Changing Landscape of Higher Ed Admissions Impacts Oberlin


Chris Schmucki

A tour guide leads a group on a campus tour. Demographic factors are impacting admissions strategies at colleges and universities across the country.

Oberlin’s enrollment grew two percent this past year, from 2,785 students last year to 2,846 this year, making it one of three private colleges in the region to experience growth amid shrinking enrollments at colleges and universities throughout Northeast Ohio. This increase in enrollment was accompanied by a higher acceptance rate.

“We are in a time of real change in admissions and enrollment in higher education,” Vice President and Dean of Admissions and Financial Aid Manuel Carballo wrote in an email to the Review. “Many schools have seen both a drop in applications and in enrollment over the last couple of years.”

Part of this changing landscape is the shrinking size of the prospective applicant pool.

“Fewer students are graduating from high school, particularly from our feeder states,” Carballo wrote. “We are seeing increased competition, not just from peer schools, but also from state schools providing honors programs that mimic the environment at liberal arts institutions.”

This year’s acceptance rate of 40 percent is the highest rate since 2004, and is the result of several factors, including the size of the applicant pool.

Carballo emphasized that enrollment is not the only factor that the College looks at in evaluating admissions outcomes. Oberlin operates under a need-aware system for admissions, meaning that the College weighs how much tuition a student’s family will be able to pay in deciding whether to admit that student.

“After two years of missed enrollments, we have met our headcount for College and Con the last two years, but continue to look at our net revenue targets as well in a model that is highly tuition-dependent,” Carballo wrote.

Despite varying acceptance rates, enrollment has remained relatively consistent from year to year; since 2009, undergraduate enrollment has ranged from 2,961 in 2014 to 2,785 in 2017. Further, Carballo maintains confidence in the academic abilities of each incoming class.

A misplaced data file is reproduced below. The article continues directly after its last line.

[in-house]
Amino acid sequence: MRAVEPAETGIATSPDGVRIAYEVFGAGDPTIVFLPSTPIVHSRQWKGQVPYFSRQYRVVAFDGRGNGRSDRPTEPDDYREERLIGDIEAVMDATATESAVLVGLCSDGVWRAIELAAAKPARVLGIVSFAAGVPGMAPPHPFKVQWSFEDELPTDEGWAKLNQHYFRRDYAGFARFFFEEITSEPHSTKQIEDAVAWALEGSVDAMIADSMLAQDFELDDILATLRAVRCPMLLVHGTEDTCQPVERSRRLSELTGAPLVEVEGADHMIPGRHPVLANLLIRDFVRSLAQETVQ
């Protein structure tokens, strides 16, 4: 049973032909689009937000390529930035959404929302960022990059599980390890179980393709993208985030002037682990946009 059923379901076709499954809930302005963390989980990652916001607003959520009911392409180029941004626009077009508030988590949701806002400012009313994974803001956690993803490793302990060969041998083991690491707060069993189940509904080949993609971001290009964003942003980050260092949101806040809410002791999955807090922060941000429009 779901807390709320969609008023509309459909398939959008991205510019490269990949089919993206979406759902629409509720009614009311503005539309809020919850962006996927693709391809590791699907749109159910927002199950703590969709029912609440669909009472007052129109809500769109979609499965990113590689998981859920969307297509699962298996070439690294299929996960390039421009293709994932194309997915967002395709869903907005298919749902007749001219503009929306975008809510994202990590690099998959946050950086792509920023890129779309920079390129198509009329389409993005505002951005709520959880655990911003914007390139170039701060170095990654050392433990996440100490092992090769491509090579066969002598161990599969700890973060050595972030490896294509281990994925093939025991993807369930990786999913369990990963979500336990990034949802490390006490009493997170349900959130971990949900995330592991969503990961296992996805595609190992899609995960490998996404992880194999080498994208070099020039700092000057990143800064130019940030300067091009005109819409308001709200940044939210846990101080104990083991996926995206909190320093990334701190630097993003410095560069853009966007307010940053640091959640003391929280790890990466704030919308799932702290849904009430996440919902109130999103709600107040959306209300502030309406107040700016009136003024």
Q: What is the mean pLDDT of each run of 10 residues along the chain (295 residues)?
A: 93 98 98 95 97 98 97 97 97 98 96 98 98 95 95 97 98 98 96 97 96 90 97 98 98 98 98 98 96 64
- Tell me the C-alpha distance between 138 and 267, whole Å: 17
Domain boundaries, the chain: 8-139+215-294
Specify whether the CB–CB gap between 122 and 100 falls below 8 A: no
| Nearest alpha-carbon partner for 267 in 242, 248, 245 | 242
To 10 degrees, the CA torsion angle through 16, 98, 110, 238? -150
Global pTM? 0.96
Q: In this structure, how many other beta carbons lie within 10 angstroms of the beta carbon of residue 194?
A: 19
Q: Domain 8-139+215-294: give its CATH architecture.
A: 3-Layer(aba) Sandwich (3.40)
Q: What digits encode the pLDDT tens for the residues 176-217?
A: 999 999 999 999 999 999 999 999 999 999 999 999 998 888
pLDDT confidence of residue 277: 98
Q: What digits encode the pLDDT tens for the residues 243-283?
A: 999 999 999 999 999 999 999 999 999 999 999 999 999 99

“I would highlight that we’ve been able to maintain a similar admit and enroll profile academically for students over the last 5 years,” wrote Carballo.

Since 2015, Oberlin’s admit profile has maintained a consistent average GPA of 4.1 weighted, 3.7 unweighted, and an average ACT score of 32, with the exception of 2017, when it dropped to 31. Academic statistics for enrolled students are similar: 4.0 weighted, 3.6 unweighted, and 31 ACT.

College fourth-year and Senior Admissions Fellow Monica Dix says that part of the pitch she makes to prospective students is the way that Oberlin prioritizes experiential learning. In particular, Dix cites her own experience running a lab space — a privilege not generally given to undergraduate students at larger institutions.

“This hands-on engagement is something that has really fostered an incredible depth of experience,” Dix said. “That’s not the kind of thing that you’d experience at a big state school or at a school with less resources.”

According to a study conducted by the National Student Clearinghouse Research Center in spring 2019, institutions of post-secondary education across the United States experienced a collective loss of enrollment by 1.7 percent. The subgroup “Liberal Arts and Sciences, General Studies and Humanities” was hit the second hardest, with a decrease of 7.1 percent to undergraduate enrollment — second only to Personal and Culinary Services, which faced a 16.7 percent decrease.

In an article for The Chronicle of Higher Education, Vice President for Enrollment and Student Success at Trinity College Angel B. Pérez comments about these changes in college admissions processes across the country.

“The enrollment game is fiercely competitive, and every college plays it — which means that every college will have to decrease its dependence on traditional enrollment,” Pérez wrote (“The Definition of Insanity,” October 2, 2019). “In short, colleges must be willing to radically reimagine their business models. This does not mean redefining who they are and what they do; it’s about doing new things.”

Ultimately, it is unclear whether this year’s increase in enrollment and decrease in selectivity is an expected fluctuation in admissions statistics or a permanent trend that will impact Oberlin moving forward.